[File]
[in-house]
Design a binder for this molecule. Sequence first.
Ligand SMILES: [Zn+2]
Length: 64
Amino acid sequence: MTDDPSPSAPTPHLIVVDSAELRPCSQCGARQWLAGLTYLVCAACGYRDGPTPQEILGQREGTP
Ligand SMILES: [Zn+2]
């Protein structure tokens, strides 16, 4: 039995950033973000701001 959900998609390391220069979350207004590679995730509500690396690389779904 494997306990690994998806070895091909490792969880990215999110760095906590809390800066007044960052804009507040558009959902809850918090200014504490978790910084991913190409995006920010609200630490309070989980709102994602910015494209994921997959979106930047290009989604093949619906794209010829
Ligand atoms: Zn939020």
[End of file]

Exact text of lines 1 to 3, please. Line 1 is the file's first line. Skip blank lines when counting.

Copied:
[in-house]
Design a binder for this molecule. Sequence first.
Ligand SMILES: [Zn+2]